Arlene Carney Faculty and Academic Affairs

Student Learning Outcomes

Student Learning Outcomes
• Developed by the Council for Enhancing Student Learning in 2003. • Approved by the Faculty Senate in 2007.

Student Learning Outcomes
At the time of receiving a bachelor’ degree, students: • can identify, define, and solve problems

Student Learning Outcomes
At the time of receiving a bachelor’ degree, students: • can locate and critically evaluate information

Student Learning Outcomes
At the time of receiving a bachelor’ degree, students: • have mastered a body of knowledge and a mode of inquiry

Student Learning Outcomes
At the time of receiving a bachelor’ degree, students: • understand diverse philosophies and cultures within and across societies

Student Learning Outcomes
At the time of receiving a bachelor’ degree, students: • can communicate effectively

Student Learning Outcomes
At the time of receiving a bachelor’ degree, students: • understand the role of creativity, innovation, discovery, and expression across disciplines

Student Learning Outcomes
At the time of receiving a bachelor’ degree, students: • have acquired skills for effective citizenship and life-long learning

Student Learning Outcomes
• Implementation is ongoing with 15 pilot departments. –They are mapping their curricula onto the SLOs. –They meet with us to discuss their progress.

Student Learning Outcomes
can identify, define, and solve problems can locate and critically evaluate information have mastered of a body of knowledge and a mode of inquiry understand diverse philosophies and cultures within and across societies can communicate effectively understand the role of creativity, innovation, discovery, and expression across disciplines have acquired skills for effective citizenship & lifelong learning

Liberal Education

Major

Minor

Student Learning Outcomes
• The seven SLOs can be considered “umbrellas.” • Departments will determine specific elaborations for each of the SLOs that may be discipline specific.

Can identify, define, and solve problems

Non-discipline specific: You will use information to answer questions and/or solve problems. You will use information technologies to solve problems. You will organize information to present a sound, central idea supported by relevant material in a logical order From a sample rubric, Suskie 2004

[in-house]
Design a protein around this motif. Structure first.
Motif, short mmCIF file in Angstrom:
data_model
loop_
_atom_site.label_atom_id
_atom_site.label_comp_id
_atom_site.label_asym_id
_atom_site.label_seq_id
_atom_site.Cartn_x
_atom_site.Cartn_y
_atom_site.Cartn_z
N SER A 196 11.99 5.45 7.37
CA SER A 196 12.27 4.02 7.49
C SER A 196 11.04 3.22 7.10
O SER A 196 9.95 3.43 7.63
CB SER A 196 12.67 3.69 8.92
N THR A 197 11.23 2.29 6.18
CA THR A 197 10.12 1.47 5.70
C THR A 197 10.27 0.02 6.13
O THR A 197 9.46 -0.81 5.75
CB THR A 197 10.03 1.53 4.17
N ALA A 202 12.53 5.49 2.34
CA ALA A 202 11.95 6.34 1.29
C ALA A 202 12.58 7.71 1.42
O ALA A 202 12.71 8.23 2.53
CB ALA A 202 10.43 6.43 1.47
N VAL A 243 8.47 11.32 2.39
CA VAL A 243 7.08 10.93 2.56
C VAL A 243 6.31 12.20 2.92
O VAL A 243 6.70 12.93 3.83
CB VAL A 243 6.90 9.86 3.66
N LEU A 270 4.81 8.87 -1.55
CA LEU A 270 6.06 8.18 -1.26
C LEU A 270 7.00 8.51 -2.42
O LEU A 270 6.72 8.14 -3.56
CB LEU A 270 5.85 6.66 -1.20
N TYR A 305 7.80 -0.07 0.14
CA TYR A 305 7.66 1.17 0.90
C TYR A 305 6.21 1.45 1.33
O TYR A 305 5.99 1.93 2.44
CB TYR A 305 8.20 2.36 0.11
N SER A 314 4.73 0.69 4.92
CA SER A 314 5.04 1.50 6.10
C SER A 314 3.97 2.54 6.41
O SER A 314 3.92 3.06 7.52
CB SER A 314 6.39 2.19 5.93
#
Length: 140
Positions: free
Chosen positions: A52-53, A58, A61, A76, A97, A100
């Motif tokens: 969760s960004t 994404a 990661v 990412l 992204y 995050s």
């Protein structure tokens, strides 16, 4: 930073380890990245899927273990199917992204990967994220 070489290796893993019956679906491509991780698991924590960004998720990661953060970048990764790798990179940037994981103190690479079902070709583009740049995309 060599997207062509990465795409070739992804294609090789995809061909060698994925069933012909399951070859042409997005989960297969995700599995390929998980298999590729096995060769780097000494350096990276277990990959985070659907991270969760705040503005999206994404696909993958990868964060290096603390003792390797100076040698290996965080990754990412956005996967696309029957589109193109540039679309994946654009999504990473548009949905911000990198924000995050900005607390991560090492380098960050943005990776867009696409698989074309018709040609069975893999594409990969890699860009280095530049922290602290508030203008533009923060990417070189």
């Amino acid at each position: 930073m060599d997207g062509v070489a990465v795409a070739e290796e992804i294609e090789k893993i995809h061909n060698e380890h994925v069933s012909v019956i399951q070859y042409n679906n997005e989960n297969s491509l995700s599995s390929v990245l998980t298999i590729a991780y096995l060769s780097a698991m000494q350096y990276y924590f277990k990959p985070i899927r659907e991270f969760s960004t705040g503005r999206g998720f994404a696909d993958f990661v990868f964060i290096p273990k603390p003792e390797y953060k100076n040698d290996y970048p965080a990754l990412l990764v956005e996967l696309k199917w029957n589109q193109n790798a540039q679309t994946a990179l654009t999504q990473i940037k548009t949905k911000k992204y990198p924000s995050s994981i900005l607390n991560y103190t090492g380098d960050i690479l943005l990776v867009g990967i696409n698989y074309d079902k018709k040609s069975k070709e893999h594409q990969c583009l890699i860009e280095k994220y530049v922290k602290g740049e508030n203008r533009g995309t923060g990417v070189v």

Can identify, define, and solve problems

Arts Disciplines: You will select and use a variety of construction materials with different characteristics (e.g. strength, durability, cost, etc.) to design public sculptures. You will develop vocal control and movement techniques as a basis for creating characters in at least five different scenes.

Can identify, define, and solve problems

Natural/Physical Sciences Disciplines: You will gain experience doing a variety of scientific protocols, using modern research equipment and strategies. You will be learning how to make observations, develop hypotheses, design experiments, and interpret data. You will gain additional experience using mathematical concepts and tools to analyze, evaluate, and present data.
Robin Wright, University of Minnesota, Biology 2002, Fall 2008

Can locate and critically evaluate information

You will learn how to find information and data, evaluate it, and synthesize it to solve problems or make decisions.* You will be able to read, interpret, and analyze a map (both in terms of what is visible and hidden).** You will be able to use at least three search engines (Medline, PsychInfo, and ERIC) to locate materials for class presentations.

*Wright, 2008 (Biology); **Kessler, Frostberg College, 2008 (Geography)

Have mastered a body of knowledge and a mode of inquiry.

History: You will be able to use original sources to discuss philosophical issues related to the nature of history. Finance: You will be able to understand the theory and apply, in real world situations, the techniques that have been developed in corporate finance.